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Promising pedigree


Pieces with noble and royal provenance were the toast of the Magnificent Jewels sales in Geneva.

By David Brough
High-quality items surpassed expectations at the Geneva Magnificent Jewels auctions on November 9 and 10, with exceptional provenance driving up the prices of the top lots. These distinguished jewels included diamonds that once belonged to French Queen Marie Antoinette, and sapphire and diamond jewels with ties to the Russian imperial family.

The mood was buoyant at the sales, which took place just after the newly returned GemGenève show. Auction house executives privately welcomed the fair, as it brought leading collectors and retailers to the Swiss city during the period of the high-value jewelry auctions. These usually take place twice a year, in May and November.

In the run-up to the sales, participants in GemGenève were often seen inspecting lots in the salons at the two luxury hotels the auction houses occupied in downtown Geneva.

Christie’s: Marie Antoinette’s diamonds

A pair of diamond bracelets that Marie Antoinette once owned fetched CHF 7.5 million ($8.2 million) at the November 9 Christie’s auction, soaring above their CHF 4 million ($4.4 million) high estimate and underscoring the monarch’s appeal among collectors. The jewels achieved the second-highest price for a piece belonging to the last queen of France, who was guillotined in 1793; a pearl pendant of hers sold at Sotheby’s Geneva for $36 million in November 2018.

The sum the bracelets brought in “showed the huge and enduring fascination [with] Marie Antoinette,” Rahul Kadakia, head of international jewelry at Christie’s, told Rapaport Magazine after the sale at the Four Seasons Hotel des Bergues.

Exceptional white diamonds also saw impressive results, with highlights including a 43.19-carat, D-color, internally flawless diamond ring that fell within estimates at CHF 3.3 million ($3.6 million), and an exquisite diamond necklace that fetched $1.4 million ($1.6 million), comfortably above its CHF 1.2 million ($1.3 million) high estimate. A 1970s diamond necklace by Harry Winston sold for CHF 906,000 ($996,380), smashing its CHF 500,000 ($549,878) upper estimate.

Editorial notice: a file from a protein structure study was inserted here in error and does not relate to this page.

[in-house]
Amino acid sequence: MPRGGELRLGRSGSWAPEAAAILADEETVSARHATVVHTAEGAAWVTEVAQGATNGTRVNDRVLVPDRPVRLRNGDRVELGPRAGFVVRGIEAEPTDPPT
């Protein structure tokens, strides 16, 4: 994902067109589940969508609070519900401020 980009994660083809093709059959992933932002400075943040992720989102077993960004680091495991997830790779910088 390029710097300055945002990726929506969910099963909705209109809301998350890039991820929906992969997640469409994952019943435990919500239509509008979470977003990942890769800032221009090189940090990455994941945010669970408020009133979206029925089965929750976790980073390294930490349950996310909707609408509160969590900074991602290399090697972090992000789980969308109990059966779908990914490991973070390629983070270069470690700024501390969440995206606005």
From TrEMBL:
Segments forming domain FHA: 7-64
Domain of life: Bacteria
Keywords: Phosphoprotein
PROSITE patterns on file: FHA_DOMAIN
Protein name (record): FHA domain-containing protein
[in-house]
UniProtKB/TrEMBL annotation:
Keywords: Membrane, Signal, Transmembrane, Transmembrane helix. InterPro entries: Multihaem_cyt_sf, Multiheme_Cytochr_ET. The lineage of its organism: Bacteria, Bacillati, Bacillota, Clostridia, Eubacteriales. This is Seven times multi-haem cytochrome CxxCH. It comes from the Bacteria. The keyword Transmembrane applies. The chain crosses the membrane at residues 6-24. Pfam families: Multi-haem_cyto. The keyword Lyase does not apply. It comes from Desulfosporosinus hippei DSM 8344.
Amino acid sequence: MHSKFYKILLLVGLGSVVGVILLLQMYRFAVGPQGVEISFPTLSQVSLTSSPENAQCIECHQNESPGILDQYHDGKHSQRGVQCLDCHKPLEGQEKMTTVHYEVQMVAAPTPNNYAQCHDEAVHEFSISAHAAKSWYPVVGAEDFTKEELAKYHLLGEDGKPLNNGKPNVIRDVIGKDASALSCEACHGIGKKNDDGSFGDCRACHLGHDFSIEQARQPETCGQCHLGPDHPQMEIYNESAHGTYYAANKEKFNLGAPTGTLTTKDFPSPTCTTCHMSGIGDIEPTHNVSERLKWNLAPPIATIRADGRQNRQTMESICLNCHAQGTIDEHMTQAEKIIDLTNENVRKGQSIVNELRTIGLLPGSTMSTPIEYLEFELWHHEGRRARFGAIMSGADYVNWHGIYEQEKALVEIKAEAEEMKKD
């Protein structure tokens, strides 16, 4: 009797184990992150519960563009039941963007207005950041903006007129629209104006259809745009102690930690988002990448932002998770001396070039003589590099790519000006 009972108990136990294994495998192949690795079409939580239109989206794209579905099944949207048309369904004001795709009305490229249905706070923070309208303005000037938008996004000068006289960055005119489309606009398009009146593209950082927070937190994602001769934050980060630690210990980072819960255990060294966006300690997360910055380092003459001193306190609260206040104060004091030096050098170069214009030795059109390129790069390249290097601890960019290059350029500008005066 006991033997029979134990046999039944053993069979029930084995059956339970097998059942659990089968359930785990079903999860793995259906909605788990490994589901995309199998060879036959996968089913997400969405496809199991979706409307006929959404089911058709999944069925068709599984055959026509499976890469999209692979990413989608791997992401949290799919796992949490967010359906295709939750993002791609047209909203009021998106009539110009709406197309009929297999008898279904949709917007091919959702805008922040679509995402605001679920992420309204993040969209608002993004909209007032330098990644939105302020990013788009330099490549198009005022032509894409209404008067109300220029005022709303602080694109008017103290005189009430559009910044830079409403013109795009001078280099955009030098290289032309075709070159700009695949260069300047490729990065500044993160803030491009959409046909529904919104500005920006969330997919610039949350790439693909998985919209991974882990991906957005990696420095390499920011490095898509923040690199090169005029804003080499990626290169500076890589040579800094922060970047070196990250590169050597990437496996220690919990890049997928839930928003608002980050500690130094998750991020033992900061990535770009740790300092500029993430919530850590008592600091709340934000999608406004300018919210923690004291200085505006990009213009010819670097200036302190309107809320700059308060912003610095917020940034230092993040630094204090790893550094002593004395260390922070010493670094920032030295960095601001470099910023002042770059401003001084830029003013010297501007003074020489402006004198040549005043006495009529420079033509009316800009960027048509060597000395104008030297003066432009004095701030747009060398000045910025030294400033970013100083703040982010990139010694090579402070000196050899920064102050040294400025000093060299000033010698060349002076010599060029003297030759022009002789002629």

In recent years, media attention has focused on natural colored diamonds attaining world-record prices. As a result, large white diamonds may now be seen to offer relatively good value, dealers said.

Not all items found buyers, even among pieces with impressive histories. An Art Deco ruby bracelet that the duke of Windsor gave his wife Wallis Simpson in 1938 received bids of up to CHF 650,000 ($714,843) but failed to sell, suggesting that the estimate of CHF 1 million to CHF 2 million ($1.1 million to $2.2 million) may have been set too high.

The former British king gifted the bangle to Simpson on their first wedding anniversary, with the inscription, “For our first anniversary of June third.” He had abdicated the throne in December 1936 to marry Simpson, a twice-divorced American. The two wed in France in June 1937. For years, they were a fixture of international society, and they are remembered for their stylish lifestyle and beautiful jewelry. While this provenance was a strong attraction for collectors, the rubies in the bracelet were not considered to be of exceptional quality, dealers in Geneva said.